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City of San Diego moving homeless from Convention Center to city-owned apartments

City officials say getting people permanent housing & vital services is a major step for helping the most vulnerable residents, especially during a pandemic.

SAN DIEGO — The pandemic is pushing homelessness in America to new heights and San Diego is no different. The City of San Diego is using a vast amount of resources to combat one of the biggest issues of our time.

For the first time in four years, Ed Bidwell finally has a place that he can call home. He has been bouncing around shelters throughout San Diego and most recently lived downtown at the Convention Center. Now through the City of San Diego’s Operation Shelter to Home, Bidwell has moved into his new apartment, a room in the old Marriot Building in Hotel Circle.

Bidwell said, “But it's a one full bedroom studio, nice living room, microwave oven. There's a color TV in the living room. I haven't slept on a normal bed in four years.”

Bidwell is just one of many formerly homeless people who have moved into new apartments purchased by the city. There are three hundred thirty-two permanent housing units in Hotel Circle and Kearny Mesa. Not only will they have the peace of mind of having a roof over their head, but they will be provided additional services aimed at breaking the cycle of homelessness. 

The Executive Vice President for the San Diego Housing Commission, Lisa Jones said, “So we have onsite employment and education specialists that also help people get connected. Folks that have been disenfranchised for a long time, really, they do best when they are connected back into that community.”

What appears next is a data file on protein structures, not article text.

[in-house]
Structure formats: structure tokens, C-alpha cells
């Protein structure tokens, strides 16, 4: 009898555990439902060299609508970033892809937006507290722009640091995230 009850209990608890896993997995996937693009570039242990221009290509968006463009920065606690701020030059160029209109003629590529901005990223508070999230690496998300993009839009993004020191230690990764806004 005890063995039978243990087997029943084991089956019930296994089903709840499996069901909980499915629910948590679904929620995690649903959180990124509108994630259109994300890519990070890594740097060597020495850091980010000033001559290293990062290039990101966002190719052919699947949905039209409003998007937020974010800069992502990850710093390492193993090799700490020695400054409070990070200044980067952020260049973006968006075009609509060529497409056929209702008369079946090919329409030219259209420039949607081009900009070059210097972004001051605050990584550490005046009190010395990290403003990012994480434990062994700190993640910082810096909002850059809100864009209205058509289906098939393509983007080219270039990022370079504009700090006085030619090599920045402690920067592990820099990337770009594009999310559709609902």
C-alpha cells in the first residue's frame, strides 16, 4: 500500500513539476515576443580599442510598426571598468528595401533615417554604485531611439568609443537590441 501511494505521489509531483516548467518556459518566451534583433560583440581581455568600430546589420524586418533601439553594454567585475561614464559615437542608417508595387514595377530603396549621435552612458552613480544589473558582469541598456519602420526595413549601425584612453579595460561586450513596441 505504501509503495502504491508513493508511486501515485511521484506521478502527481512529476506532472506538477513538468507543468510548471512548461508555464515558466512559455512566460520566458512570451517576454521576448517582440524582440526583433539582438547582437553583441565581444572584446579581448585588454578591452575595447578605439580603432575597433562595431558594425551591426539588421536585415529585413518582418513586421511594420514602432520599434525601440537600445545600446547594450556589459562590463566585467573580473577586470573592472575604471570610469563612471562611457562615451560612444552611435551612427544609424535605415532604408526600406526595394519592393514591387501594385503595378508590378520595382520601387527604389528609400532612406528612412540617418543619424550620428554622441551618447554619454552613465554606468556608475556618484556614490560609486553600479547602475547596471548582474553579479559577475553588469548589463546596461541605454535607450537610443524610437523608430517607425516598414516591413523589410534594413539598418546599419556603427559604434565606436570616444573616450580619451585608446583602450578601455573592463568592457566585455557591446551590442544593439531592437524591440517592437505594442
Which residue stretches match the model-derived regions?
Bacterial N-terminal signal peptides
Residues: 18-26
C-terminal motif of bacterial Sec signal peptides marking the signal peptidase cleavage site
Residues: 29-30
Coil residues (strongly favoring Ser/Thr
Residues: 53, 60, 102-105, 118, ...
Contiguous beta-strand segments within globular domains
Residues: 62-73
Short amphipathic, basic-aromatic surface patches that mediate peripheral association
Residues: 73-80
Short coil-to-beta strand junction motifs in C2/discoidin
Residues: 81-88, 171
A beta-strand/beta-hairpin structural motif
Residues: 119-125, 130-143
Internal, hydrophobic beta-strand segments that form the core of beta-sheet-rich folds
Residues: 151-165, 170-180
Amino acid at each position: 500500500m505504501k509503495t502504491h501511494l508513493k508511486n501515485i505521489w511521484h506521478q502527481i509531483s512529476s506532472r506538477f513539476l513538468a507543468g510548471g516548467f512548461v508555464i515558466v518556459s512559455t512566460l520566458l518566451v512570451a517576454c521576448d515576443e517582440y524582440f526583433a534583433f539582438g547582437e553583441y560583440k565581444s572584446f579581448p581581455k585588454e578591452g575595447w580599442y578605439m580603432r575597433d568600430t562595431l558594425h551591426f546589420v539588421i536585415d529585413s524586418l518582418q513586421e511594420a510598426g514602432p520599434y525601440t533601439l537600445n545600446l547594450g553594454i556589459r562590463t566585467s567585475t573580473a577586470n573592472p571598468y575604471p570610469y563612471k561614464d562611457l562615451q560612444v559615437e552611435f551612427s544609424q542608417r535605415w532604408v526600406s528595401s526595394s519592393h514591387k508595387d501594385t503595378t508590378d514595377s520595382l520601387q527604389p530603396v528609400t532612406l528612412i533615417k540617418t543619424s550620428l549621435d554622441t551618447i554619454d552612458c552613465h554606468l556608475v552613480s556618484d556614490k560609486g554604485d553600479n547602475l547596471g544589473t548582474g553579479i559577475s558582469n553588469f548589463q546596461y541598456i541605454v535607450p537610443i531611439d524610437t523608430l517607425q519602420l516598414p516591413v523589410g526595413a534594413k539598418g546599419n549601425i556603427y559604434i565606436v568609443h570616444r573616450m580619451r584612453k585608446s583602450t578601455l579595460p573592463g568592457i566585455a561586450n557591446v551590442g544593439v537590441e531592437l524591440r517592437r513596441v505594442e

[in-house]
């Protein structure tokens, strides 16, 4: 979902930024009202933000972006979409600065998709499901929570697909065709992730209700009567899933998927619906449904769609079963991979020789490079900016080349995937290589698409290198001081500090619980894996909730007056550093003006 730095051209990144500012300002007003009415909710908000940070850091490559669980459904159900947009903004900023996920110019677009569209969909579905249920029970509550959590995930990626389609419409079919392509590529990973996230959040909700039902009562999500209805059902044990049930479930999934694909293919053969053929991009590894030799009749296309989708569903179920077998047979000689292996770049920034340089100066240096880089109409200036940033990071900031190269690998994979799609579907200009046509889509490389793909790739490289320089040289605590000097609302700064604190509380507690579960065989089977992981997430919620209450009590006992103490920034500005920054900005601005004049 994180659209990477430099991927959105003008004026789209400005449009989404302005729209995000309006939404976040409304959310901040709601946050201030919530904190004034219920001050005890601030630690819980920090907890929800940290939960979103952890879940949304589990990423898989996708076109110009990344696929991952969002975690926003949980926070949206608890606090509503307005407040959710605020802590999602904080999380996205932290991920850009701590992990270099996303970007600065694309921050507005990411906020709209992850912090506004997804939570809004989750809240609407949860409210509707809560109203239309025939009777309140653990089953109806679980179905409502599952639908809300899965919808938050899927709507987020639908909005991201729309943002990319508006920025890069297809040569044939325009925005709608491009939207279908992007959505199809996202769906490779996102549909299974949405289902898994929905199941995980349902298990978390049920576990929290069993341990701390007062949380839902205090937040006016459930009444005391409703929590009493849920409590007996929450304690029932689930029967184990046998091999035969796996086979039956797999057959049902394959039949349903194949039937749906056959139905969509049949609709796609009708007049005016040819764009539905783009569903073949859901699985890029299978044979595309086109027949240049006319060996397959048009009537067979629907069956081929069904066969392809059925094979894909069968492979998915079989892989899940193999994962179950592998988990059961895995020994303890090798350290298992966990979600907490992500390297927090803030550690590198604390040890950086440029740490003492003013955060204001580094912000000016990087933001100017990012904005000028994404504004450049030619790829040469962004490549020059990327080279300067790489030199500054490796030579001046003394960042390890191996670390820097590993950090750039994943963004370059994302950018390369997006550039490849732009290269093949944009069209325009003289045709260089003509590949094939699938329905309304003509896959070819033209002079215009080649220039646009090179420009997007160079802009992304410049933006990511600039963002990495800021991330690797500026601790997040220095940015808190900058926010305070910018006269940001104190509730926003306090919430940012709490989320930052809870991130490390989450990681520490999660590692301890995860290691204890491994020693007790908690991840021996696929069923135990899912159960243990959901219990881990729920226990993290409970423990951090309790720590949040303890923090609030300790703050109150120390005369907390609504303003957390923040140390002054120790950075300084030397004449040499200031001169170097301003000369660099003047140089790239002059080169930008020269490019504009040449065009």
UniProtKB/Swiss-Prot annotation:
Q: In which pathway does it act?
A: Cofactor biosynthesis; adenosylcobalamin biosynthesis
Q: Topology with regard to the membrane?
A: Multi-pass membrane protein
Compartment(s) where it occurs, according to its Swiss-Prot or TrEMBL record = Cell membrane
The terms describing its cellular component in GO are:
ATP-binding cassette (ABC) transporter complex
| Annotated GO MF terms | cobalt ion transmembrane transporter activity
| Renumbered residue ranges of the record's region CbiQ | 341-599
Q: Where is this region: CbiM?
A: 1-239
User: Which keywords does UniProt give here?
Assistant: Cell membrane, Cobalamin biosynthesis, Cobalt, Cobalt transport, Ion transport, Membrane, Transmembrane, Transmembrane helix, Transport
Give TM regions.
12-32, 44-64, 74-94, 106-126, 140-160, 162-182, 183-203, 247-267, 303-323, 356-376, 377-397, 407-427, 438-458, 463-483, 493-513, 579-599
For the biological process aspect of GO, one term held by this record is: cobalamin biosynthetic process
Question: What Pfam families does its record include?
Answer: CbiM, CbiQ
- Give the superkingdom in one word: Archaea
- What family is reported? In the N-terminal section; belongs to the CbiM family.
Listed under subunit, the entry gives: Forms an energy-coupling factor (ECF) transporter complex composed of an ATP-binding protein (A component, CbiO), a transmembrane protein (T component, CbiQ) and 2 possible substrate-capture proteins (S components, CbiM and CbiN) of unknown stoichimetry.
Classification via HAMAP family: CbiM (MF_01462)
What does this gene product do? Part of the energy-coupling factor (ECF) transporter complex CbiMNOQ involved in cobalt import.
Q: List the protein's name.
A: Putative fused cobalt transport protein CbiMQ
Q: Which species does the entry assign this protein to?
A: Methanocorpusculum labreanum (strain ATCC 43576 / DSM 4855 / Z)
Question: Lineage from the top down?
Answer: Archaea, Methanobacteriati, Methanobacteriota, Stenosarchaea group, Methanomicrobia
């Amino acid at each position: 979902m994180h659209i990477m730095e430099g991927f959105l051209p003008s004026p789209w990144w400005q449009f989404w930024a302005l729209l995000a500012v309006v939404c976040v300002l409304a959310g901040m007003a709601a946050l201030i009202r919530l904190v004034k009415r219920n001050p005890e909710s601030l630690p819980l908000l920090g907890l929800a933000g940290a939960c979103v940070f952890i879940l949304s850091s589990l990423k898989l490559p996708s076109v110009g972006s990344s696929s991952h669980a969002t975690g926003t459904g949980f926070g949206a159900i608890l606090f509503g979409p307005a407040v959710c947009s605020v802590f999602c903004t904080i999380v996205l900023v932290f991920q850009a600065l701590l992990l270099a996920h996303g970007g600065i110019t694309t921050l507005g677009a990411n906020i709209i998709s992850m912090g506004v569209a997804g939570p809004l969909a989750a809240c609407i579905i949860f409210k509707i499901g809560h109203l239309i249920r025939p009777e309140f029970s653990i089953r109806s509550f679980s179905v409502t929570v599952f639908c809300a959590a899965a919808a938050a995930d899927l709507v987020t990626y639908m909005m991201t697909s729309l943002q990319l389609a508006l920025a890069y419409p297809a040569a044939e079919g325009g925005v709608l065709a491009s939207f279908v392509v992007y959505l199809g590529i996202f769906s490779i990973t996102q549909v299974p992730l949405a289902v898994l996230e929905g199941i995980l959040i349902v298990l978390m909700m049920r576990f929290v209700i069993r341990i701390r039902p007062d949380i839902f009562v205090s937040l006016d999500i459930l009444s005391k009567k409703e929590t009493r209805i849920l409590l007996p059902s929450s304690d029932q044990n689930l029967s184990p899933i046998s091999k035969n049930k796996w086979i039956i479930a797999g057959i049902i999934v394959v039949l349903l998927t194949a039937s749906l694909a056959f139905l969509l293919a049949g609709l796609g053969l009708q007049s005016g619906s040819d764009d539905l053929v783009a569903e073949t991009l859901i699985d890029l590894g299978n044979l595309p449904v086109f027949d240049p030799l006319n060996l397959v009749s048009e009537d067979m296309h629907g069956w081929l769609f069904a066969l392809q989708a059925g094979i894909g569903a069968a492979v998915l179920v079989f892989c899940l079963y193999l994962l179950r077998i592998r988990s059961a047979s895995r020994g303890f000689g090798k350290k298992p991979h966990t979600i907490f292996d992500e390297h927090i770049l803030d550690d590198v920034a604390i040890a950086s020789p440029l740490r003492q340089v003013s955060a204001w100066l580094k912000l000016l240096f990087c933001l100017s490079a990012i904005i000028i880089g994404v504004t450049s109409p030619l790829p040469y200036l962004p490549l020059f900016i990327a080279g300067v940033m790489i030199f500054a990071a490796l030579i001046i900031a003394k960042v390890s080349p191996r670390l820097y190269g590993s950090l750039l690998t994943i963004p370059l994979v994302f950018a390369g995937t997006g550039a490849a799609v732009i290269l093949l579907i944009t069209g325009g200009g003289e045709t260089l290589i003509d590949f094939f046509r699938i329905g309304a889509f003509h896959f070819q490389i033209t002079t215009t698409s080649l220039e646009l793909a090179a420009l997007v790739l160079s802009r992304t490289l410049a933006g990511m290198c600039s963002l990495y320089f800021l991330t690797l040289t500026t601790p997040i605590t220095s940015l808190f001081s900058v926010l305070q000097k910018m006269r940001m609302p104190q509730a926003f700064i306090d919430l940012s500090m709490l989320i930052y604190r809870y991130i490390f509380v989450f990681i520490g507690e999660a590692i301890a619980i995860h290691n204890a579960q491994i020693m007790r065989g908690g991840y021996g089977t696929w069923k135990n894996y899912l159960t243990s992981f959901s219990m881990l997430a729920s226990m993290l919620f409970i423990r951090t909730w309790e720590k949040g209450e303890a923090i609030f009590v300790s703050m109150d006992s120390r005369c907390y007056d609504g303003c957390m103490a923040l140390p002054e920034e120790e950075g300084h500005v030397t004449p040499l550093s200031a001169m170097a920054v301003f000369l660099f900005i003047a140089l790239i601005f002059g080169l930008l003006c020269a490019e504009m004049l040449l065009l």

Jones added that getting people permanent housing and vital services is a major step for helping the city’s most vulnerable residents, especially during a pandemic. “This has been a really challenging time for so many people with a health pandemic on top of a homelessness crisis, but rather than sort of buckling under that pressure, we have really seen the city and the Community Action Plan on homelessness create a framework to really move forward.”

She says that the city will continue to look at more permanent housing options for San Diego’s homeless, as there are still thousands of people living in the Convention Center as well as in various shelters and on the streets.

For those like Ed Bidwell, he sees his new one-bedroom apartment as a turning point in his life and is grateful for the city for giving him a home. “This is a tremendous, very exciting beginning. This is my home. I owe it to San Diego,” said Bidwell.

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